Sugarcane plants are native to the warm temperate and subtropical regions of South Asia but are widely cultivated in more than 100 countries around the world. The main sugarcane producers worldwide are Brazil, China, Mexico, India, Australia, Thailand, USA, and Pakistan. Sugarcane requires high temperatures and large amounts of sunlight and water. They grow best in deep, fertile, and well-aerated soil (Verheye; Sugar Industry Biotech Council).
Physic nut (Jatropha curcas L.)
Figure 5. Physic nut plant (adapted from McDermott)
Physic nut can be found in the wild or in semi-cultivated areas in Central and South America, India, Africa, and South East Asia habitat, mostly in tropical and subtropical areas. It grows best in hot climates and is well adapted to arid and semi-arid environments, but it can tolerate low temperatures as well. It is drought-resistant and can grow on almost any type of soil except on waterlogged lands (Kumar and Sharma 2-3).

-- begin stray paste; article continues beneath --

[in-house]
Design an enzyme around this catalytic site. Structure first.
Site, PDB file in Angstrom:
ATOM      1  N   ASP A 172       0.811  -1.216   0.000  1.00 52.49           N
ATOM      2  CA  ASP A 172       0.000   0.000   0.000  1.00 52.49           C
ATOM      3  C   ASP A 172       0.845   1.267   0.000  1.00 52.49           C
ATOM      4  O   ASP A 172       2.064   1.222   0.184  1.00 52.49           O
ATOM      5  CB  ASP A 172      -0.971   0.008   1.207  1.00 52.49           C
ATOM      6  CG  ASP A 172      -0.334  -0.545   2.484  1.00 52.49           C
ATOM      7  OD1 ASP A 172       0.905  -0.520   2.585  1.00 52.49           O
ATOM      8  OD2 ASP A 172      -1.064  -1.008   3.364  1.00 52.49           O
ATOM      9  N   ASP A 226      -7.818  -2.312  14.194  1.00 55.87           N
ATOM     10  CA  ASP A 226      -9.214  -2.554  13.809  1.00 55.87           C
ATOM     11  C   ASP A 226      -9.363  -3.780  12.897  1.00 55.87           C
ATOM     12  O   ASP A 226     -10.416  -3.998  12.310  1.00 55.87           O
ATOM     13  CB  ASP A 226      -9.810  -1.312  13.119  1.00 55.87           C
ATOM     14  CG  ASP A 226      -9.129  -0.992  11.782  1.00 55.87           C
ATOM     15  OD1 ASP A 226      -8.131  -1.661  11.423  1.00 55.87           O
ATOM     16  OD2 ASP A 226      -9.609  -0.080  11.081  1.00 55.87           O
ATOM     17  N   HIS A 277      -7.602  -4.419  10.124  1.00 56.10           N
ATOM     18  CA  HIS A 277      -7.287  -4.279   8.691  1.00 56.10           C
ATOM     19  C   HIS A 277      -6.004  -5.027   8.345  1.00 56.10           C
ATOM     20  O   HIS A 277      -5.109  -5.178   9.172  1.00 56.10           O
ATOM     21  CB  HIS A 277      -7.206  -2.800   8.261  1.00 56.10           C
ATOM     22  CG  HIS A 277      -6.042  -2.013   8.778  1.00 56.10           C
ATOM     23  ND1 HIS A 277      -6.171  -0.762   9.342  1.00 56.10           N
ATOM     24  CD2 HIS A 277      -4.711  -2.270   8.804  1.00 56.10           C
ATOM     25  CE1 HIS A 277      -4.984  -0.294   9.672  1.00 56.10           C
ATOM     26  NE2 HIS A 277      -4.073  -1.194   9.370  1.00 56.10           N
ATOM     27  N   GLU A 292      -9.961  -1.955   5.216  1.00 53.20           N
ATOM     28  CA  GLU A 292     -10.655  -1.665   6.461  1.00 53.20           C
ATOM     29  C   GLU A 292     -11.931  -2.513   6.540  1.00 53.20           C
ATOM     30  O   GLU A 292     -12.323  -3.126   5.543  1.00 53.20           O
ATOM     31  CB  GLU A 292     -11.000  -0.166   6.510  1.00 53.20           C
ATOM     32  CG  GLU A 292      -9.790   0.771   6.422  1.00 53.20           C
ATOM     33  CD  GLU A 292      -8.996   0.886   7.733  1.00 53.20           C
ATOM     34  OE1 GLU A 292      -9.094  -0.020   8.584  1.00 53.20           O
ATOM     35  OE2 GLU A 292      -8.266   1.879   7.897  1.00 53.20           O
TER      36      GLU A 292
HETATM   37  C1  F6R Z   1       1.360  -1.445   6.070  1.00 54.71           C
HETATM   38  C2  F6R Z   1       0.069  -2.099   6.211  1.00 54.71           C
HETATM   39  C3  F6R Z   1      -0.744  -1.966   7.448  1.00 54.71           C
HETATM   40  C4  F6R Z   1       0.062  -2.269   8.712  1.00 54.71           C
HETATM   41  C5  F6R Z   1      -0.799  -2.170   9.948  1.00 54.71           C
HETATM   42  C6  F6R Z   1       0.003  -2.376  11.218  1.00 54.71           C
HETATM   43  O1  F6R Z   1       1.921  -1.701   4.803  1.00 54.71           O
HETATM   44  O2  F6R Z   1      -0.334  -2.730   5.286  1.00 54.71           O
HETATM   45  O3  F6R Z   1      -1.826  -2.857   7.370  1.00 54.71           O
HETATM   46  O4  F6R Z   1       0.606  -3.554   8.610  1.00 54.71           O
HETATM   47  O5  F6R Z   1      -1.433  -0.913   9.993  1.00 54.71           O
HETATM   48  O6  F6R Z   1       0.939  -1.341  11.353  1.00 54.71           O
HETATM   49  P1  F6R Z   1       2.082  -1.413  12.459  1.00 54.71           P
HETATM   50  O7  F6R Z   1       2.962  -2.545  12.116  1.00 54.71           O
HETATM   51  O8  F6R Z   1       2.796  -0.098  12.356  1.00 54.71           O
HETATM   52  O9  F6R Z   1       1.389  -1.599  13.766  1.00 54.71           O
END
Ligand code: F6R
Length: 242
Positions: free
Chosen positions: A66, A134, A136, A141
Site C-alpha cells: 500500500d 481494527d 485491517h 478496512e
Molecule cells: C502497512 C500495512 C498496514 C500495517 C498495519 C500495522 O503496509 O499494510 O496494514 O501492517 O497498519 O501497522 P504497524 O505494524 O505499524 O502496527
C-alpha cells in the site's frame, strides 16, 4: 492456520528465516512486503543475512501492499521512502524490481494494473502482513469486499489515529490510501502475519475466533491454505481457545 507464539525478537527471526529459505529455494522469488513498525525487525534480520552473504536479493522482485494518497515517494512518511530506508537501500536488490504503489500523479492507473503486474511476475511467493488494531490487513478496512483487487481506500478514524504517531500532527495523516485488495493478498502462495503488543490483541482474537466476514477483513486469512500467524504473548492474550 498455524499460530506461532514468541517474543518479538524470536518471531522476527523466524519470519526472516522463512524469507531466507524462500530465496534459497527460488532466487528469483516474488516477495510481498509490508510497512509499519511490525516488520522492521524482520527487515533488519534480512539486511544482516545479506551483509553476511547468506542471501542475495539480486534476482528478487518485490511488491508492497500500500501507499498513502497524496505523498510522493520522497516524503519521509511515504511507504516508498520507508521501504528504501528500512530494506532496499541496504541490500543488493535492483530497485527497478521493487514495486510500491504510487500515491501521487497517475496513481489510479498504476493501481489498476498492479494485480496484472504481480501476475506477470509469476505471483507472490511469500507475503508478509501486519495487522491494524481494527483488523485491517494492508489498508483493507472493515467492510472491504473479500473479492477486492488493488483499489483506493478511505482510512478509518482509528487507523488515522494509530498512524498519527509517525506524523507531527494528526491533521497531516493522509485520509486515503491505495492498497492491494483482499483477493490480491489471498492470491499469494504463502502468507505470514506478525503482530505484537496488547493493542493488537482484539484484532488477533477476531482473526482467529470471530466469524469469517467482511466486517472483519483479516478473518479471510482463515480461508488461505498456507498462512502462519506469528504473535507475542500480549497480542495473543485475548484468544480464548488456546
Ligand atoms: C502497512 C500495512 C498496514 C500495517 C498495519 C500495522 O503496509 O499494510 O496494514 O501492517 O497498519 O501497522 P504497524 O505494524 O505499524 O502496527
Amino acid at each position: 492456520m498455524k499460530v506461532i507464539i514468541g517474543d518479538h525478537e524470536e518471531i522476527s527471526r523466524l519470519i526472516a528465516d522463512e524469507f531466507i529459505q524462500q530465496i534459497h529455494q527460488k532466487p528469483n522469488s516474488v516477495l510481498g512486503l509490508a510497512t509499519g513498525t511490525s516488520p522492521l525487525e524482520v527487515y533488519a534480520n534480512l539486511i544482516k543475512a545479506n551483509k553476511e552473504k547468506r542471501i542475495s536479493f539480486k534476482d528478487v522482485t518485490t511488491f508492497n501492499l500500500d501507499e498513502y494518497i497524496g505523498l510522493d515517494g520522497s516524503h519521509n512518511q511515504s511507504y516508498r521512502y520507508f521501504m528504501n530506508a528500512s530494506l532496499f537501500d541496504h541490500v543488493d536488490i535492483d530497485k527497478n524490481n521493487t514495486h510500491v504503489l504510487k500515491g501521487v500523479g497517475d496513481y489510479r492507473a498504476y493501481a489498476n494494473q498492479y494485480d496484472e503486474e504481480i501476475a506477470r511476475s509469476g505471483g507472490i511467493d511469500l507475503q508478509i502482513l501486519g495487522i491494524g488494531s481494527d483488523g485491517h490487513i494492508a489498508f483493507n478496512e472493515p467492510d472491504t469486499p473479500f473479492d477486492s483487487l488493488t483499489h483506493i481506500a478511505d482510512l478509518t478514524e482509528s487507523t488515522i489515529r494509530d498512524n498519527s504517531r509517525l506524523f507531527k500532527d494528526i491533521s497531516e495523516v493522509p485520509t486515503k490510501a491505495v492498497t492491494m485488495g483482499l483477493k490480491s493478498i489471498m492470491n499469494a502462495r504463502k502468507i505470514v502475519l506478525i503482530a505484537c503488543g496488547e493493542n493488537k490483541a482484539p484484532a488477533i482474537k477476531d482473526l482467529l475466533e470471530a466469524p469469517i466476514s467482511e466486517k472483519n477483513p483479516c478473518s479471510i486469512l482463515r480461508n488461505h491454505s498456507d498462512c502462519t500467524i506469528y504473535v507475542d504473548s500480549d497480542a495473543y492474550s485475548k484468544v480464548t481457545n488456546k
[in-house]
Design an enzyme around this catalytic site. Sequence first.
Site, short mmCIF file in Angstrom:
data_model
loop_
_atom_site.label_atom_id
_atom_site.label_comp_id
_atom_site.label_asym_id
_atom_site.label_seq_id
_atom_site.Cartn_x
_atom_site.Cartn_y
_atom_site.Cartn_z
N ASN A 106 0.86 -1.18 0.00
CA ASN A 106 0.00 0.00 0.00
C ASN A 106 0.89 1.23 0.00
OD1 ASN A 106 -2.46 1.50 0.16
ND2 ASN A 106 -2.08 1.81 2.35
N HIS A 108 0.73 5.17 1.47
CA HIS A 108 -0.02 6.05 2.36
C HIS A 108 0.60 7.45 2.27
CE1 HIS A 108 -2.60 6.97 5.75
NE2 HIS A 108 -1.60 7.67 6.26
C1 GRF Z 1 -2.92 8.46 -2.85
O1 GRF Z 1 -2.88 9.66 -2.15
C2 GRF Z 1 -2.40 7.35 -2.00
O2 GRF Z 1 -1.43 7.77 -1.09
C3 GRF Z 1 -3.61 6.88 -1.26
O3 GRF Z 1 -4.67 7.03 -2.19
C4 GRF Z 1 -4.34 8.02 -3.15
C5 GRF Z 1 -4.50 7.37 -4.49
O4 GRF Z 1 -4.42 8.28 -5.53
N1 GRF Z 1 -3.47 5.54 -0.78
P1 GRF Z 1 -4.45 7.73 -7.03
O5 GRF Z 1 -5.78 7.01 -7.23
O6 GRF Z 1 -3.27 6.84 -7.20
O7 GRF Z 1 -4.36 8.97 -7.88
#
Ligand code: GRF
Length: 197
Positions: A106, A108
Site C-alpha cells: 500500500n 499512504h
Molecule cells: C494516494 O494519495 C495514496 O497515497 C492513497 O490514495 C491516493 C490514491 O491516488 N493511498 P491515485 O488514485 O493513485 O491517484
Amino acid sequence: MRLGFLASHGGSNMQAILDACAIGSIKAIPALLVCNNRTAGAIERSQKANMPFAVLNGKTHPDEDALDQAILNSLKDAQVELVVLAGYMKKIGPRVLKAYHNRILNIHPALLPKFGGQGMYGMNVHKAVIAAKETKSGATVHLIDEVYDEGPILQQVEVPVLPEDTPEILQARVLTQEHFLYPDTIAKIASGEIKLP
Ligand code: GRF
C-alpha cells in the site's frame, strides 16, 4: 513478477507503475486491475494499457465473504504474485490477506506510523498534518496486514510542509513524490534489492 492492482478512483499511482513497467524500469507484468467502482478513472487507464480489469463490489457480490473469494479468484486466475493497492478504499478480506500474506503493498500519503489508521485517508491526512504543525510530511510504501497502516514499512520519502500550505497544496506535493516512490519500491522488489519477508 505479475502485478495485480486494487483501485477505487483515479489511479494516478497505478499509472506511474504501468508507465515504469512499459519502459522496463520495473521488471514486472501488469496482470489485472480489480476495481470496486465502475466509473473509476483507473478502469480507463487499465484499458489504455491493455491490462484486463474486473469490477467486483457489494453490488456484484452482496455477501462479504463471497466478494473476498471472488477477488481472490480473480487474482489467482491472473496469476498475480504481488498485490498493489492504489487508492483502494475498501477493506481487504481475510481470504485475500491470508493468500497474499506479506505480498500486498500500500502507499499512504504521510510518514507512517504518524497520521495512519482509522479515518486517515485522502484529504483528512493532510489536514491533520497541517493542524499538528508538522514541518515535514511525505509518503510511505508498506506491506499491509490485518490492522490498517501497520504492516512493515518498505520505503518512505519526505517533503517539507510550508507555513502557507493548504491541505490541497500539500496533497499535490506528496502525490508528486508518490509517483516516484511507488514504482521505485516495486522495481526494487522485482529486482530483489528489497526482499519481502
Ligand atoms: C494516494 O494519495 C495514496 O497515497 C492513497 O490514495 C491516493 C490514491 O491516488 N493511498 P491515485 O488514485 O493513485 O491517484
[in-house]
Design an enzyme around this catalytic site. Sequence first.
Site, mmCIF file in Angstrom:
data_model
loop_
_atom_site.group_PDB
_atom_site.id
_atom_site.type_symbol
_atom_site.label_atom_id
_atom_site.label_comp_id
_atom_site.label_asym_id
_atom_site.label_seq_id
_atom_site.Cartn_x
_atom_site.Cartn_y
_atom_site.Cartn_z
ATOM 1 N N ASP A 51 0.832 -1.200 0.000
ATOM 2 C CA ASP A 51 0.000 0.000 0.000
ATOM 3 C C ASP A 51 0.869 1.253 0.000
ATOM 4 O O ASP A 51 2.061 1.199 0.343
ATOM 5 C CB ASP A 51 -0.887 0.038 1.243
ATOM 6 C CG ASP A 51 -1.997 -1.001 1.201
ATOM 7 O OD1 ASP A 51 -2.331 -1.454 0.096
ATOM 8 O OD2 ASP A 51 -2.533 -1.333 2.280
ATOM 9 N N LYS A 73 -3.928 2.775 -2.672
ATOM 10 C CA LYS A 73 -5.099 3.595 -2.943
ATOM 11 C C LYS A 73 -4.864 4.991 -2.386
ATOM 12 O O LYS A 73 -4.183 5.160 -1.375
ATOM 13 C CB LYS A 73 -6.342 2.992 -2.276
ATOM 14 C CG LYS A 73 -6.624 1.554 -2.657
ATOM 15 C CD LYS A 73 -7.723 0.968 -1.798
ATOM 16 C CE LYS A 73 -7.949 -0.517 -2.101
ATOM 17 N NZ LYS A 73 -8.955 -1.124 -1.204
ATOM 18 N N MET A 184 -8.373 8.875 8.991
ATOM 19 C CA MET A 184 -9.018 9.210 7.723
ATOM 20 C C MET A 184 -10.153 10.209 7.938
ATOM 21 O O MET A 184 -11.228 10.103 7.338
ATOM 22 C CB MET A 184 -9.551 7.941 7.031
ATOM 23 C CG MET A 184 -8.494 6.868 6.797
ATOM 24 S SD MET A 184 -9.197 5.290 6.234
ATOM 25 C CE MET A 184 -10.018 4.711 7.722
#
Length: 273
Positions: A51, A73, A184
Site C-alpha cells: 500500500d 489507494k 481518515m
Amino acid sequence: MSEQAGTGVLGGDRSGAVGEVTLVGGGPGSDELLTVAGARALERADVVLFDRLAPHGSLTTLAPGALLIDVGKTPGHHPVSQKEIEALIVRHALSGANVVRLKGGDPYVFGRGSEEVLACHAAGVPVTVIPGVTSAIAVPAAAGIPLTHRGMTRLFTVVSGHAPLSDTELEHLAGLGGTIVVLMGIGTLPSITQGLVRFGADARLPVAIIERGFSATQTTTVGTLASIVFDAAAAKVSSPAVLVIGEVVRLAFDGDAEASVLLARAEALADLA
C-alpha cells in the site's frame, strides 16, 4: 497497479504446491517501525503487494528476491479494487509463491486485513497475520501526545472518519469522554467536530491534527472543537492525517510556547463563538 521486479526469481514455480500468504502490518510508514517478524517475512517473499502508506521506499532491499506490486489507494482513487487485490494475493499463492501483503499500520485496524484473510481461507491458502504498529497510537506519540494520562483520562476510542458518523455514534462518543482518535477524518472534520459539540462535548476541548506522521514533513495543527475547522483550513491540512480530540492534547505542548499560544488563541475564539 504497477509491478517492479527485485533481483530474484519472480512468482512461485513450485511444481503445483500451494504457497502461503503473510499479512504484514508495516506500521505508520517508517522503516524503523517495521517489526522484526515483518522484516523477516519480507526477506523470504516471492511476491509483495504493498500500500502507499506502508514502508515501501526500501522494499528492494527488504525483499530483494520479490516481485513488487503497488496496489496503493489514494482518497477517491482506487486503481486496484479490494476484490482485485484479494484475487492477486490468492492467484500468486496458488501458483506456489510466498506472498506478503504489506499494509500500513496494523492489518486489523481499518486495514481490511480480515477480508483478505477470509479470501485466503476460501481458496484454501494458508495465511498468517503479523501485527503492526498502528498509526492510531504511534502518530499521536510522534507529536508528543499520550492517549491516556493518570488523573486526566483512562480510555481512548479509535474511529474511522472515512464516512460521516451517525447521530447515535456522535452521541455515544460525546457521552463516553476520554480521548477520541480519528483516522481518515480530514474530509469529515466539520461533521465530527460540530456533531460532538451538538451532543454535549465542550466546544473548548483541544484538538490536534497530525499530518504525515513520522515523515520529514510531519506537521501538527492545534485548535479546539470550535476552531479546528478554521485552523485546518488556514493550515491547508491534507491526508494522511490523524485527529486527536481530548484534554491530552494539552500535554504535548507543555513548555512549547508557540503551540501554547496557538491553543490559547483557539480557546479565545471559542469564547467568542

The rising costs and demand for fuel, dwindling resources, and detrimental impacts to the environment and human health have led to the search for alternative energy sources such as biofuels (Xie et al. 2509). Biofuels are derived from plant or animal sources and are projected to have great importance in the next few decades. The plants listed in the first part of this paper are all promising sources of biofuel and they are continually being studied for yield efficiency through various mechanisms and economic feasibility.
One important guideline of choosing plant species as sources for biofuel is that the parts to be used in the production process must not be used as food. Plants of high economic value such as corn and sugarcane leave unutilized biomass known as cellulosic materials that are great candidates as raw materials (Ranum et al. 108). However, canola and soybeans, whose oils are used in various industries, pose dilemmas in their being used as biofuel source. The physic nut is a great candidate for biofuel production due to its great adaptability and its status as a non-major food crop (Kumar and Sharma 2).
Biofuel technology is still considered to be in its infancy, and the search for more efficient production processes and economically stable raw materials is still underway. The importance of plants in this regard is made even more apparent through extensive research.